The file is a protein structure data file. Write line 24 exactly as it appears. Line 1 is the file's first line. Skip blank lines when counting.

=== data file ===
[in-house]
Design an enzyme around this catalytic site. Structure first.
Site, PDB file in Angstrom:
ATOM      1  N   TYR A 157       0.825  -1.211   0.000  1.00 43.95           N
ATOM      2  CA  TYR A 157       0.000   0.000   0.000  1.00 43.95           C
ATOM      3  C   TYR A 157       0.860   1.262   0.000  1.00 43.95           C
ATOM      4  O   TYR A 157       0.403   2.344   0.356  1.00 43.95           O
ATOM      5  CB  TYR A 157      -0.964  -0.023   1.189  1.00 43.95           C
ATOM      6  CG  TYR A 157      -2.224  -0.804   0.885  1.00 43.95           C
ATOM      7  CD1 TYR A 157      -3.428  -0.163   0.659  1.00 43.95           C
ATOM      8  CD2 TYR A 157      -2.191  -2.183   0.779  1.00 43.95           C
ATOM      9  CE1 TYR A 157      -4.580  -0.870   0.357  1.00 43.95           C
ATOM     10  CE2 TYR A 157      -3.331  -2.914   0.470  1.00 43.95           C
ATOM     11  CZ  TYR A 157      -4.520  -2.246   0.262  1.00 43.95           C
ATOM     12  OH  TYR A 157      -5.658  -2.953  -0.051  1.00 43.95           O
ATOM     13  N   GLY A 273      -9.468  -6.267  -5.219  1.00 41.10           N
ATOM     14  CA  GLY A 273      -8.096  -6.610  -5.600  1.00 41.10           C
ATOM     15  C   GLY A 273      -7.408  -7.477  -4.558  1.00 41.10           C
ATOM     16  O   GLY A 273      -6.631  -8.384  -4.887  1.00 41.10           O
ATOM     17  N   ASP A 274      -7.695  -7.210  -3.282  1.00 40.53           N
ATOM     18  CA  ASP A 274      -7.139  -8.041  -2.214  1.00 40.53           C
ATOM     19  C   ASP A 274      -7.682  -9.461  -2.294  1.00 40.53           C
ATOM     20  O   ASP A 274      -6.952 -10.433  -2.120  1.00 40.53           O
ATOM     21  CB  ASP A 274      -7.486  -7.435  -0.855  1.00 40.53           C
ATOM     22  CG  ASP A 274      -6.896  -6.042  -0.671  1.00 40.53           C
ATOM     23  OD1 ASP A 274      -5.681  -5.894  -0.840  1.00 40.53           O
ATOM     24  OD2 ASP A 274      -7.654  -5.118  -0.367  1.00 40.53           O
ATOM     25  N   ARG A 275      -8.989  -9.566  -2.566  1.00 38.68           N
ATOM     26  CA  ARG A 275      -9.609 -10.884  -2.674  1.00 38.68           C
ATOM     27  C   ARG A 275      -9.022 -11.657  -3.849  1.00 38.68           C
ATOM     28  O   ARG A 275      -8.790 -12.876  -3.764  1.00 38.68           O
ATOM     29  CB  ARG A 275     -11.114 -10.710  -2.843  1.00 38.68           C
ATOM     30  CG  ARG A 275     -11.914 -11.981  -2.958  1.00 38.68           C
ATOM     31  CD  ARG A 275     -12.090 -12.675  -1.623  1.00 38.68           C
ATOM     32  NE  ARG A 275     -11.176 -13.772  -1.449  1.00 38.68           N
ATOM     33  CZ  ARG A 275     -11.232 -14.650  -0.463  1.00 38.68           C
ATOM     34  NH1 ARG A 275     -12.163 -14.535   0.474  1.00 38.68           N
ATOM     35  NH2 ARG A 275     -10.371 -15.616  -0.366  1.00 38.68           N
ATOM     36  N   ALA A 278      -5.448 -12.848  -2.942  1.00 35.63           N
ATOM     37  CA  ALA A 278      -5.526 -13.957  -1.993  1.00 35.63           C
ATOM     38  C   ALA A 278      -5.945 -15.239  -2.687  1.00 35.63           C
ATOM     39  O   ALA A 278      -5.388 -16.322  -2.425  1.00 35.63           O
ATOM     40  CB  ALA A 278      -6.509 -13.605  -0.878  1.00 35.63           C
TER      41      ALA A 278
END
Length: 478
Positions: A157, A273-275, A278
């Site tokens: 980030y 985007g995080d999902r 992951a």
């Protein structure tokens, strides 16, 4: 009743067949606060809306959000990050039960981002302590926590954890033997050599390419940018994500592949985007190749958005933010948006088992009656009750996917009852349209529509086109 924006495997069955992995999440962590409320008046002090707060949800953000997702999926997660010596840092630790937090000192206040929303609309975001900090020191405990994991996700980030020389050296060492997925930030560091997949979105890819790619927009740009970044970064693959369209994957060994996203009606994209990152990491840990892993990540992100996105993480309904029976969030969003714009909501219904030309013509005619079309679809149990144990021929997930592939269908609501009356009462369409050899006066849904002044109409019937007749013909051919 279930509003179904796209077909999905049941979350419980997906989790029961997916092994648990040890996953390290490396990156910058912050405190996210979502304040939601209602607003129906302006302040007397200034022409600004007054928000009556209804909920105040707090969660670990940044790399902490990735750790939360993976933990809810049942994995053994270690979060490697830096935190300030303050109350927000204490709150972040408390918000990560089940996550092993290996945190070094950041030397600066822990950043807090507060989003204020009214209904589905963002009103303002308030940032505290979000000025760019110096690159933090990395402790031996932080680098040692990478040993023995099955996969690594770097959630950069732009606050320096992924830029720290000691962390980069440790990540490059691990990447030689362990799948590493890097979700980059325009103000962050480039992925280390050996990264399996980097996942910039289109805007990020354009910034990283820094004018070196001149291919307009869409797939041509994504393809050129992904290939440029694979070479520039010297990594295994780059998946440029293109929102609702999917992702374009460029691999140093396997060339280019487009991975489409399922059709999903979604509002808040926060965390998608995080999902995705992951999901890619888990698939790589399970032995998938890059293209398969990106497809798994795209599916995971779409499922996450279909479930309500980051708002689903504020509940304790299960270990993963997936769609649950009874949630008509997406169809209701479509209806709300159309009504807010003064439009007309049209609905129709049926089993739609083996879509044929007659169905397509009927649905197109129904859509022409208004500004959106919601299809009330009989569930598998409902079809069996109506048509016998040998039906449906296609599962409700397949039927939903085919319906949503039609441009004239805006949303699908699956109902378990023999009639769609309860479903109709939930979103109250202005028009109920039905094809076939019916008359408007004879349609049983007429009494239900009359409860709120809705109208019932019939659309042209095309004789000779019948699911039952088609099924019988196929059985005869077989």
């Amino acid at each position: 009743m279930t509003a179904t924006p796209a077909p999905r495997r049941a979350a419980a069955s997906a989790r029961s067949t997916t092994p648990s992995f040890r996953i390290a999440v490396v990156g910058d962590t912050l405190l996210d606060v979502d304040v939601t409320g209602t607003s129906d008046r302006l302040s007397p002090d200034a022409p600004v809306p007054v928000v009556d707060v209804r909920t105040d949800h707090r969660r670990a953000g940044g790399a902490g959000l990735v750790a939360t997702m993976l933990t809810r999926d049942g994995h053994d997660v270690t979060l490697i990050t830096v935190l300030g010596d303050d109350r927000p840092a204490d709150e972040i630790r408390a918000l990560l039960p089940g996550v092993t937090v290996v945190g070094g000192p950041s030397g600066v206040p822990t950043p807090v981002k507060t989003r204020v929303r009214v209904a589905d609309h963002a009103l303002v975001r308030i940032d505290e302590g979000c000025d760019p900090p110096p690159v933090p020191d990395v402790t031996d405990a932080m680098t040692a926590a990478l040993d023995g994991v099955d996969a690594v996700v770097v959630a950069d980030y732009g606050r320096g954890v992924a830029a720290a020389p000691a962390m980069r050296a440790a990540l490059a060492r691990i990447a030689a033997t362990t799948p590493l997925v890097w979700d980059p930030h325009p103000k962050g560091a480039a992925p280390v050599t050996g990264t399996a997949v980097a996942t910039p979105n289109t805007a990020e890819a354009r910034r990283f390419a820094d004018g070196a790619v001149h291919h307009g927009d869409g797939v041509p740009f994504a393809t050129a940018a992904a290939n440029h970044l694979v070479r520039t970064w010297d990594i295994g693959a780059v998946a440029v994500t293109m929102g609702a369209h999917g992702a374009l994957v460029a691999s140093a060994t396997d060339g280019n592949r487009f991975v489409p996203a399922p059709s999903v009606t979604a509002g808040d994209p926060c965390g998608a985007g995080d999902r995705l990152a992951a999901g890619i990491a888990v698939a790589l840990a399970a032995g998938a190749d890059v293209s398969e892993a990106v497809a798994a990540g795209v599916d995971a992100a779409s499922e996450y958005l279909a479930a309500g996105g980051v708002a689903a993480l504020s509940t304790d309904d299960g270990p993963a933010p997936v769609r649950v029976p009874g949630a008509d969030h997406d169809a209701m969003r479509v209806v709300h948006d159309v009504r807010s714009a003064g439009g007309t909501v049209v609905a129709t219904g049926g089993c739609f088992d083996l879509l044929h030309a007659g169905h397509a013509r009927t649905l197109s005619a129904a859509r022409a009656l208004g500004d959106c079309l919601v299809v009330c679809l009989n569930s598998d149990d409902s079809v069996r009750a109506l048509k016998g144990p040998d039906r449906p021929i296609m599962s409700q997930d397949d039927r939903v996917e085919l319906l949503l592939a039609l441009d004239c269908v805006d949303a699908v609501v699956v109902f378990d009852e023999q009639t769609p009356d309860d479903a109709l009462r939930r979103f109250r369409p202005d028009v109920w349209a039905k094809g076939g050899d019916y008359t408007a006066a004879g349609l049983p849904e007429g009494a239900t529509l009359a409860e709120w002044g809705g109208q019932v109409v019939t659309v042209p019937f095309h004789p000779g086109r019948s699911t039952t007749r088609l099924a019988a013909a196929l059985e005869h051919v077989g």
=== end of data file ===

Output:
ATOM     21  CB  ASP A 274      -7.486  -7.435  -0.855  1.00 40.53           C